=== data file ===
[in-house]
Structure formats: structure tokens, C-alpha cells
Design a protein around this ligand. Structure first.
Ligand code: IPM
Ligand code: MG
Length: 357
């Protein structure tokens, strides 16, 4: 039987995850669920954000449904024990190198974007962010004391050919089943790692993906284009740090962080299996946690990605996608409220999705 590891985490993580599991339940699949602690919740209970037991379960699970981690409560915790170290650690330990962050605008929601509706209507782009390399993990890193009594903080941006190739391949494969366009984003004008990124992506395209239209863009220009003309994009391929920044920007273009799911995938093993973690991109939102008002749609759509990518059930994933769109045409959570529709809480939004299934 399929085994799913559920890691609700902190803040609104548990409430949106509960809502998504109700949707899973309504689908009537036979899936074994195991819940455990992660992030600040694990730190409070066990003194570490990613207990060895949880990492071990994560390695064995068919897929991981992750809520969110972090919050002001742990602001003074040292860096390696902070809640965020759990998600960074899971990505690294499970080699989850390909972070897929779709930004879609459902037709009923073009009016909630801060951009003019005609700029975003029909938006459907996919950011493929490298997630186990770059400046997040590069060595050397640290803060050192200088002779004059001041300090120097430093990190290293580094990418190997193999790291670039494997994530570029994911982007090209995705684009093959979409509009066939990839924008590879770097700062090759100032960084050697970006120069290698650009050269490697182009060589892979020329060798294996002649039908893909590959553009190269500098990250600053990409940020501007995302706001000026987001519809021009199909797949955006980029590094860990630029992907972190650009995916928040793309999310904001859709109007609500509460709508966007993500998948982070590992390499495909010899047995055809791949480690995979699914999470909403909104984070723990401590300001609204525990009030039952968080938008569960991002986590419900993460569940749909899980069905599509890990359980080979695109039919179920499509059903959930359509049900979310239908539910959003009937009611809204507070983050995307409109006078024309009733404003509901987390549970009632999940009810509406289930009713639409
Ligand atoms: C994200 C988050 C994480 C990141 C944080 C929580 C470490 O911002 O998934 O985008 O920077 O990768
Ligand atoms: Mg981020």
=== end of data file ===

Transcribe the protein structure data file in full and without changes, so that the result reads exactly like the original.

[in-house]
Structure formats: structure tokens, C-alpha cells
Design a protein around this ligand. Structure first.
Ligand code: IPM
Ligand code: MG
Length: 357
């Protein structure tokens, strides 16, 4: 039987995850669920954000449904024990190198974007962010004391050919089943790692993906284009740090962080299996946690990605996608409220999705 590891985490993580599991339940699949602690919740209970037991379960699970981690409560915790170290650690330990962050605008929601509706209507782009390399993990890193009594903080941006190739391949494969366009984003004008990124992506395209239209863009220009003309994009391929920044920007273009799911995938093993973690991109939102008002749609759509990518059930994933769109045409959570529709809480939004299934 399929085994799913559920890691609700902190803040609104548990409430949106509960809502998504109700949707899973309504689908009537036979899936074994195991819940455990992660992030600040694990730190409070066990003194570490990613207990060895949880990492071990994560390695064995068919897929991981992750809520969110972090919050002001742990602001003074040292860096390696902070809640965020759990998600960074899971990505690294499970080699989850390909972070897929779709930004879609459902037709009923073009009016909630801060951009003019005609700029975003029909938006459907996919950011493929490298997630186990770059400046997040590069060595050397640290803060050192200088002779004059001041300090120097430093990190290293580094990418190997193999790291670039494997994530570029994911982007090209995705684009093959979409509009066939990839924008590879770097700062090759100032960084050697970006120069290698650009050269490697182009060589892979020329060798294996002649039908893909590959553009190269500098990250600053990409940020501007995302706001000026987001519809021009199909797949955006980029590094860990630029992907972190650009995916928040793309999310904001859709109007609500509460709508966007993500998948982070590992390499495909010899047995055809791949480690995979699914999470909403909104984070723990401590300001609204525990009030039952968080938008569960991002986590419900993460569940749909899980069905599509890990359980080979695109039919179920499509059903959930359509049900979310239908539910959003009937009611809204507070983050995307409109006078024309009733404003509901987390549970009632999940009810509406289930009713639409
Ligand atoms: C994200 C988050 C994480 C990141 C944080 C929580 C470490 O911002 O998934 O985008 O920077 O990768
Ligand atoms: Mg981020």